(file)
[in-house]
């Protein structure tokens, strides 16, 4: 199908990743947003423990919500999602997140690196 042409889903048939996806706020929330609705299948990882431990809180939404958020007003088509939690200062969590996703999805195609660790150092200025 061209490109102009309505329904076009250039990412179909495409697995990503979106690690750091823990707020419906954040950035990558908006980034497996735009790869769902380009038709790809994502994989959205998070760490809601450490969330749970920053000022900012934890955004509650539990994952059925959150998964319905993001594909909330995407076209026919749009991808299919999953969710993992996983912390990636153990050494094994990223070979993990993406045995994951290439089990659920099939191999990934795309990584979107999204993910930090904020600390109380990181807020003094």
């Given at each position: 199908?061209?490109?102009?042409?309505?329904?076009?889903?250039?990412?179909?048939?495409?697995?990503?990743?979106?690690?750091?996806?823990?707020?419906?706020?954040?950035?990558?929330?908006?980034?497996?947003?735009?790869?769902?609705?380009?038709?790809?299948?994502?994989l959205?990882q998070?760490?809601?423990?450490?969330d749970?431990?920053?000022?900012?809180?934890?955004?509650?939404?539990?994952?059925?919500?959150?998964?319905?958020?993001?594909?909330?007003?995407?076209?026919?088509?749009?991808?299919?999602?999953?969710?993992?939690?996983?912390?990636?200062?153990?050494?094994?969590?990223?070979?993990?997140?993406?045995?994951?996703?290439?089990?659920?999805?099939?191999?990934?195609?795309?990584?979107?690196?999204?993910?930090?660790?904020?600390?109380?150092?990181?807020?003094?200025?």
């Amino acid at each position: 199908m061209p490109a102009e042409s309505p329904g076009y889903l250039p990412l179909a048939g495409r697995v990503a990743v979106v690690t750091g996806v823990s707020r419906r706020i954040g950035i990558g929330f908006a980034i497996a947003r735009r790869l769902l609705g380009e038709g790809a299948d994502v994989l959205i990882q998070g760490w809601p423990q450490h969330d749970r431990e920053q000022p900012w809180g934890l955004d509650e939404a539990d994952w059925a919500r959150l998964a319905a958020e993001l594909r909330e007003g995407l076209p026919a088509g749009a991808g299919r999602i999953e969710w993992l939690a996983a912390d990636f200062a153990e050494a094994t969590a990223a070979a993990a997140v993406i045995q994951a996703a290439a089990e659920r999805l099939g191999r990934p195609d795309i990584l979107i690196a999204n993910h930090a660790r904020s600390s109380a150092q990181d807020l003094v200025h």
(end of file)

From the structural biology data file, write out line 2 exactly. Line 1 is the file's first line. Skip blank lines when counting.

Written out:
């Protein structure tokens, strides 16, 4: 199908990743947003423990919500999602997140690196 042409889903048939996806706020929330609705299948990882431990809180939404958020007003088509939690200062969590996703999805195609660790150092200025 061209490109102009309505329904076009250039990412179909495409697995990503979106690690750091823990707020419906954040950035990558908006980034497996735009790869769902380009038709790809994502994989959205998070760490809601450490969330749970920053000022900012934890955004509650539990994952059925959150998964319905993001594909909330995407076209026919749009991808299919999953969710993992996983912390990636153990050494094994990223070979993990993406045995994951290439089990659920099939191999990934795309990584979107999204993910930090904020600390109380990181807020003094």